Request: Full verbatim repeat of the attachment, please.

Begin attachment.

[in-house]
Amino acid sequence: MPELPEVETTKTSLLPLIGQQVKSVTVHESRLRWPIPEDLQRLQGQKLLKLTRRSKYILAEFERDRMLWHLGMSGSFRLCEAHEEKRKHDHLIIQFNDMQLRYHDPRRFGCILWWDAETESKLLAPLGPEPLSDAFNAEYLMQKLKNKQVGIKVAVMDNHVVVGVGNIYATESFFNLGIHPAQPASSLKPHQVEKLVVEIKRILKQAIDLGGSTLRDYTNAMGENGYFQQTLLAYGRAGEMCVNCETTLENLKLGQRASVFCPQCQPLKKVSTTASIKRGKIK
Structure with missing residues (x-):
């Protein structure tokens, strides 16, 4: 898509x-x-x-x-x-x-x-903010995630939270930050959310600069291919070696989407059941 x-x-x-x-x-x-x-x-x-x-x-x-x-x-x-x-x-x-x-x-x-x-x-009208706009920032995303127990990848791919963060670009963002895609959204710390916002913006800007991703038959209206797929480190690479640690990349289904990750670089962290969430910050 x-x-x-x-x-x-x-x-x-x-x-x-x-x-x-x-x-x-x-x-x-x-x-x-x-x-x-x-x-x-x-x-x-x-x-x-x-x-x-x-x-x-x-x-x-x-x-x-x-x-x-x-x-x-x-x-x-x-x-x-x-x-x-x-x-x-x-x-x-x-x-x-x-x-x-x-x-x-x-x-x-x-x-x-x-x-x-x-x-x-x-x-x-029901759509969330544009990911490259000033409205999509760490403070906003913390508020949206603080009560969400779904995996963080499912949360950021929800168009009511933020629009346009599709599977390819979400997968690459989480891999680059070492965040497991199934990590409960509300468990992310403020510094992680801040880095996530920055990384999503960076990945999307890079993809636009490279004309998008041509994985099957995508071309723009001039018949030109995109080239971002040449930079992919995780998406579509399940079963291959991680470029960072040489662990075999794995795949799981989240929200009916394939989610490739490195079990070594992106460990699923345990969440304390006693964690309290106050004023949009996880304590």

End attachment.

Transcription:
[in-house]
Amino acid sequence: MPELPEVETTKTSLLPLIGQQVKSVTVHESRLRWPIPEDLQRLQGQKLLKLTRRSKYILAEFERDRMLWHLGMSGSFRLCEAHEEKRKHDHLIIQFNDMQLRYHDPRRFGCILWWDAETESKLLAPLGPEPLSDAFNAEYLMQKLKNKQVGIKVAVMDNHVVVGVGNIYATESFFNLGIHPAQPASSLKPHQVEKLVVEIKRILKQAIDLGGSTLRDYTNAMGENGYFQQTLLAYGRAGEMCVNCETTLENLKLGQRASVFCPQCQPLKKVSTTASIKRGKIK
Structure with missing residues (x-):
């Protein structure tokens, strides 16, 4: 898509x-x-x-x-x-x-x-903010995630939270930050959310600069291919070696989407059941 x-x-x-x-x-x-x-x-x-x-x-x-x-x-x-x-x-x-x-x-x-x-x-009208706009920032995303127990990848791919963060670009963002895609959204710390916002913006800007991703038959209206797929480190690479640690990349289904990750670089962290969430910050 x-x-x-x-x-x-x-x-x-x-x-x-x-x-x-x-x-x-x-x-x-x-x-x-x-x-x-x-x-x-x-x-x-x-x-x-x-x-x-x-x-x-x-x-x-x-x-x-x-x-x-x-x-x-x-x-x-x-x-x-x-x-x-x-x-x-x-x-x-x-x-x-x-x-x-x-x-x-x-x-x-x-x-x-x-x-x-x-x-x-x-x-x-029901759509969330544009990911490259000033409205999509760490403070906003913390508020949206603080009560969400779904995996963080499912949360950021929800168009009511933020629009346009599709599977390819979400997968690459989480891999680059070492965040497991199934990590409960509300468990992310403020510094992680801040880095996530920055990384999503960076990945999307890079993809636009490279004309998008041509994985099957995508071309723009001039018949030109995109080239971002040449930079992919995780998406579509399940079963291959991680470029960072040489662990075999794995795949799981989240929200009916394939989610490739490195079990070594992106460990699923345990969440304390006693964690309290106050004023949009996880304590």